Delayed Alerts

What a way to start the 2016 New Year – with a zinger of an argument at the table, and winning it!

With the Voidwood (or Exclusion Blackwood) convention, my partner Christine and I reached an unbeatable 6 Clubs contract in the auction, but our very competitive opponent, the solid A player Freeman Bunn, had two Aces, so he doubled.

Before play started but after the auction was over, Freeman’s partner, Nancy Marquardt, an equally solid A player, asked a series of questions, all of which we answered straightforwardly, revealing that I was void in Hearts (the suit of one of Freeman’s two Aces) and that Christine had one Ace.

Freeman then called the director, the very capable Jack Wilson who has 10 years’ experience directing at our home club, the Vero Beach Bridge Center, although he freely admitted he does not have experience as a director at tournaments sanctioned by the American Contract Bridge League. Freeman protested that my 4 Hearts Voidwood convention bid, asking my partner for keycards (Aces plus King of trump suit), but excluding the Ace of Hearts (the suit of my void), should have been alerted.

I countered that nothing at or above Game level is alertable, but Jack, the director, initially gave a split ruling that favored our opponents. He ruled that my 4 Hearts bid (whether Voidwood or not) was an obvious cue bid showing first-round control in Hearts and as such was not alertable. However, he also ruled that Christine’s 4 NoTrump reply showing one Ace should have been alerted by me as such. And therefore, he allowed Freeman to withdraw his double.

I made the Small Slam – undoubled for the moment – for a 920 score, but it was only third-best on the hand because two other pairs playing in our same direction bid 6 No-Trump and were allowed to make 7 due to some incredibly bad defense (naturally, the hand with the 2 Aces wasn’t on lead).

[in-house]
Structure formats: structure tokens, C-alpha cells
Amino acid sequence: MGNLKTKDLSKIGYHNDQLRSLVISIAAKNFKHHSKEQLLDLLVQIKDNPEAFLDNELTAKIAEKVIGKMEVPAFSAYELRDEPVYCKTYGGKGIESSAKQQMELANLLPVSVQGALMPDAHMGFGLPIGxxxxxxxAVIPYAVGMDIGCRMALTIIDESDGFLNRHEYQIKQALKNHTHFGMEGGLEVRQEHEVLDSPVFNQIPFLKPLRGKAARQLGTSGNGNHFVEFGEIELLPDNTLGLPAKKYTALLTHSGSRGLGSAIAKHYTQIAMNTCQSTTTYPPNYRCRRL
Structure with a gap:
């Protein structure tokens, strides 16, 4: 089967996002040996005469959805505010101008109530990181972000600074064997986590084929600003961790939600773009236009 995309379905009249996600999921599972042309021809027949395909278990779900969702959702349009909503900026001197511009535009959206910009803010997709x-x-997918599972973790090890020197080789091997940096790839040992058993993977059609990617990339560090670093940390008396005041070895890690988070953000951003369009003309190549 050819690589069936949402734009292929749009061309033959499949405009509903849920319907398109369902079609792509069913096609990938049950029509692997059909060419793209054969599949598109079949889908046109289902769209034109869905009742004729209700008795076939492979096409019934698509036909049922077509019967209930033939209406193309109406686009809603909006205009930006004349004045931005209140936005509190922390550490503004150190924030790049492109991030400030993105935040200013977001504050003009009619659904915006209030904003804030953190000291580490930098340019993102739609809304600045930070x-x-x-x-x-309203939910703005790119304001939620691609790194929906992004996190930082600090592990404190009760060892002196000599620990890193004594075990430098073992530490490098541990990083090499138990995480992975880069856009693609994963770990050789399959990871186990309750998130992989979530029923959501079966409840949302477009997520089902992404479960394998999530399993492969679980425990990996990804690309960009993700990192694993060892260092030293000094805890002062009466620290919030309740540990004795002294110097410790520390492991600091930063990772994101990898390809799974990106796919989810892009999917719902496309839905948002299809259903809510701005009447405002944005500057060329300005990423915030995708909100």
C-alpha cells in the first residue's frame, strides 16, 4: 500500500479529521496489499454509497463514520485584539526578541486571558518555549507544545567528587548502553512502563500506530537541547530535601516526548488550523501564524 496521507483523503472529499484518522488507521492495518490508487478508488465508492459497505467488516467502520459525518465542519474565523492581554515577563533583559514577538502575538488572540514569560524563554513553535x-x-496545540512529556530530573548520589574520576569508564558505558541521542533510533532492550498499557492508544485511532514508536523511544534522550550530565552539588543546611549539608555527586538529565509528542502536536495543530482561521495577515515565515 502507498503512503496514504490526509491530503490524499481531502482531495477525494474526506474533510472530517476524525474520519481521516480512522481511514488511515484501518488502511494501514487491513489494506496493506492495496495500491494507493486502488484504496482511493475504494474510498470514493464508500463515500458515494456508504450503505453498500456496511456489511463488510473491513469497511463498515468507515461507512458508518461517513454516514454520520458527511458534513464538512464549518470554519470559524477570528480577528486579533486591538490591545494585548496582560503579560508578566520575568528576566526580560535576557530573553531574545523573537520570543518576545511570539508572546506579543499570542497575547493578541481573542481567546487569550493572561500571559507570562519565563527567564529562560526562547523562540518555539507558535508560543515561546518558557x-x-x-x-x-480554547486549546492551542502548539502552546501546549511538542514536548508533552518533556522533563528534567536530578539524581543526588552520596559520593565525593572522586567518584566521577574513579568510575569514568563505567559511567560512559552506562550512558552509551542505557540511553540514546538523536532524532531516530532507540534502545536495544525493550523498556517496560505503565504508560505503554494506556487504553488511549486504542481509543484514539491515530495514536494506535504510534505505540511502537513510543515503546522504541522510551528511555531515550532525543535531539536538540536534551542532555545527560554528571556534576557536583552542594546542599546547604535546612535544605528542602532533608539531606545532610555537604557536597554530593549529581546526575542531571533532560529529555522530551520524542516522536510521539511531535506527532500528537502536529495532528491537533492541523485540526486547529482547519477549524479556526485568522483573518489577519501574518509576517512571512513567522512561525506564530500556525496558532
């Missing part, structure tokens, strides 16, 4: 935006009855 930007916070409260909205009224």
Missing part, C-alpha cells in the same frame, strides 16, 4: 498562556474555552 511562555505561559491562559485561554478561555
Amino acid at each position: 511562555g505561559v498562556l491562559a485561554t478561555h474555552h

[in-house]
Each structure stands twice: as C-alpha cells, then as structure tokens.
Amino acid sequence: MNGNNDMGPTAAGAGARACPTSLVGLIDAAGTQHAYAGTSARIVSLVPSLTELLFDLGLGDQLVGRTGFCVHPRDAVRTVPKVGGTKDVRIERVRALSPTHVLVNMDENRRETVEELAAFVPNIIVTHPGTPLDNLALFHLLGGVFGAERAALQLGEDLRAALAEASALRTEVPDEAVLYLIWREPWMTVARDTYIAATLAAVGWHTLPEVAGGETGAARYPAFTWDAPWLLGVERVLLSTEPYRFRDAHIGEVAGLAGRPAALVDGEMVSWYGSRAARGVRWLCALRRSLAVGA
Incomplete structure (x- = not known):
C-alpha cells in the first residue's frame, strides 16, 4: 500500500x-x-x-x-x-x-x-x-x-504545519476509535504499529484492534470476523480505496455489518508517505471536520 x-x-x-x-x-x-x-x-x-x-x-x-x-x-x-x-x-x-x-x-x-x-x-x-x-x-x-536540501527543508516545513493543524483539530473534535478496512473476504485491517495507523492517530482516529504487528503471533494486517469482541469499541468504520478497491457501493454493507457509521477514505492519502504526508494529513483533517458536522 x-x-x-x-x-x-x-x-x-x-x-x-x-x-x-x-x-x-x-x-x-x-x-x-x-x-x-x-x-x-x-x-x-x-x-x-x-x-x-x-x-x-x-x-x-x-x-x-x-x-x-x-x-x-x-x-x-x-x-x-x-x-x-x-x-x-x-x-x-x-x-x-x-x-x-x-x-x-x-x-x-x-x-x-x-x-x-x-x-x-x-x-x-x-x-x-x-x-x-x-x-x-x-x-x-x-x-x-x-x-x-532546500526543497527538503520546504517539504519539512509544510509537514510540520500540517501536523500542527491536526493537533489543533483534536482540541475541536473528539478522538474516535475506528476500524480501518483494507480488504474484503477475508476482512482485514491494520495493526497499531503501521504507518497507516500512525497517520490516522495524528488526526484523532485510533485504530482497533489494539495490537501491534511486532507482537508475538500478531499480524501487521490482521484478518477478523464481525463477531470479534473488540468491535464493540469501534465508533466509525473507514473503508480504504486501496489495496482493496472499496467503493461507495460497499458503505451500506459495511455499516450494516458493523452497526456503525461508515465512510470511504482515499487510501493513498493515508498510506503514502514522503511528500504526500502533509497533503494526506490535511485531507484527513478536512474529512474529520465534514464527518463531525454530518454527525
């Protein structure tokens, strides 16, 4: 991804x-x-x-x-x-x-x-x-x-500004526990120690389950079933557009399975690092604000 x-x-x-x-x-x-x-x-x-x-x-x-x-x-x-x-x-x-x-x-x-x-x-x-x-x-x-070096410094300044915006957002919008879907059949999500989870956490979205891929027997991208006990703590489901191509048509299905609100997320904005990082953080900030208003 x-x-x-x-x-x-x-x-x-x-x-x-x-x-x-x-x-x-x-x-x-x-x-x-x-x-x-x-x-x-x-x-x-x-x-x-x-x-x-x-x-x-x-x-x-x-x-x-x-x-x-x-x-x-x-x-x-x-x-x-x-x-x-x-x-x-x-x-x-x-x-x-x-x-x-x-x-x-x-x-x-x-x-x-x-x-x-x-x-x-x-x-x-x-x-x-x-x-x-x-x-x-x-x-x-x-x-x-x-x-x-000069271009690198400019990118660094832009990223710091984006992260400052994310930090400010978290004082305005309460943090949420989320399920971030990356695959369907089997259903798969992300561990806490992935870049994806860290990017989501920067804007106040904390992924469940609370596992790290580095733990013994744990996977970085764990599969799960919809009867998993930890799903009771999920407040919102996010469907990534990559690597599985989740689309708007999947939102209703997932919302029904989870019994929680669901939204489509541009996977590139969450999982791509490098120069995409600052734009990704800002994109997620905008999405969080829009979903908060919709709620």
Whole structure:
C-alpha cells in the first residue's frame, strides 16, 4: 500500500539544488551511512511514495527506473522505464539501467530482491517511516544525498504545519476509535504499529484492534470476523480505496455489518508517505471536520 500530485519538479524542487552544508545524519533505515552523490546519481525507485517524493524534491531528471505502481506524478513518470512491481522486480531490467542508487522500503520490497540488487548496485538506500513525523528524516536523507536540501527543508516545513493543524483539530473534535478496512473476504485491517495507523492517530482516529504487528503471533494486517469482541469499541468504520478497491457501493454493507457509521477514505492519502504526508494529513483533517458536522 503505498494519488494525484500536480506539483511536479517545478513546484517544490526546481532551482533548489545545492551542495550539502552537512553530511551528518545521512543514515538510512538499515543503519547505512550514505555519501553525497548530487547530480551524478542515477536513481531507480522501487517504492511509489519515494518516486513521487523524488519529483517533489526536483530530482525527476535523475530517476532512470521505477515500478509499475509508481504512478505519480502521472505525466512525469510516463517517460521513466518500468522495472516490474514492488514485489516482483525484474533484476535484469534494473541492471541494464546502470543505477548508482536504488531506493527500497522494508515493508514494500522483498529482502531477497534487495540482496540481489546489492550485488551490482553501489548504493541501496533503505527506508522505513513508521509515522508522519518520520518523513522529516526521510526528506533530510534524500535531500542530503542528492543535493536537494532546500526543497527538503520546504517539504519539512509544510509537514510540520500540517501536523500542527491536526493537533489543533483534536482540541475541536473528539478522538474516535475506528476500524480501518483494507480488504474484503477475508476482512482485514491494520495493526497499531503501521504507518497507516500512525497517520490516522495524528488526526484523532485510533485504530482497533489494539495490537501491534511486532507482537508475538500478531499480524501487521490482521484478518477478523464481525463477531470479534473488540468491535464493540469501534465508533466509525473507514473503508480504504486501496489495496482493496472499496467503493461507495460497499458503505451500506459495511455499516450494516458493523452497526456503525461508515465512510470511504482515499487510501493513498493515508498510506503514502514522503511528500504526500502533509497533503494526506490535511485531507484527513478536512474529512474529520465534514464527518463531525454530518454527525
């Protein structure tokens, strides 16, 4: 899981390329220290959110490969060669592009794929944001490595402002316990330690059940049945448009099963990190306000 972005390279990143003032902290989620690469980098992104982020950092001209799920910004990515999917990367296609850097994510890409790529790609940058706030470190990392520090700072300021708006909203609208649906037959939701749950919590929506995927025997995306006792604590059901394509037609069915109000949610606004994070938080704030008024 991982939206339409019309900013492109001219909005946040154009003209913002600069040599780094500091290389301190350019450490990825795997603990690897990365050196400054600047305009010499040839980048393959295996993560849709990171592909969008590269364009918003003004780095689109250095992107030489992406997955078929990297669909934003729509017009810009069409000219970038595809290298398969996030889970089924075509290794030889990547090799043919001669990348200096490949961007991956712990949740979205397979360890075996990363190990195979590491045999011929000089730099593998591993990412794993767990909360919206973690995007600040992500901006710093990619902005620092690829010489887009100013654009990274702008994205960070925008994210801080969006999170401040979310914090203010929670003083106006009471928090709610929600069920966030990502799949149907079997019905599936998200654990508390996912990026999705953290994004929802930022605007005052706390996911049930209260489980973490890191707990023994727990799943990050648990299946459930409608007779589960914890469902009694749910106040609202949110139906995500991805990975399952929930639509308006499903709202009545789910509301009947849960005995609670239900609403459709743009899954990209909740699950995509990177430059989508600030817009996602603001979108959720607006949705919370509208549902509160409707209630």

But that wasn’t the end of it. Jack the director researched the matter further, checked with Gerry Browning, head director for Regional tournaments in Canada, and found out that I was right – nothing at Game level or above is alertable. My 4 Hearts bid wasn’t alertable either as an Ace-asking convention or as a cue bid, and neither was Christine’s 4 NoTrump reply in the Ace-asking convention.

Both those bids are subject to so-called “Delayed Alerts,” that need to be given after the auction is over and before the first lead is made, but Freeman’s double had been part of the auction, so it stood. That changed our score from 920 to 1090 and gave us a top on the board that helped us propel to second place with a 55% game that earned us 1.13 MasterPoints.

We had been totally prepared to give the Delayed Alerts, but our opponents’ questions and our own answers revealed all the information required, so the double stood. Jack said he’d never seen a case like this in his 10-year directing career, and Freeman learned that he should ask earlier what bids mean before launching an ill-advised double, so a lot of people learned a lot.

The hand – and the protest – is so interesting that it deserves a Bridge Burglar entry, so hapless Freeman will play the Flustered Flo role as East, while I’ll be her nemesis, Smug Sam, as the South Declarer.

West Dealer; neither side vulnerable

10 9 6 5
K J 9
A K 9 7
8 5
West East
J 7 3 2 A 4
Q 10 8 7 3 A 6 5 4 2
J 5 2 10 8 6
9 7 6 2
K Q 8
Q 4 3
A K Q J 10 4 3
West North East South
Pass Pass Pass 2
Pass 2 NT* Pass 3
Pass 3 Pass 4 **
Pass 4 NT*** Pass 6
Pass Pass Double All Pass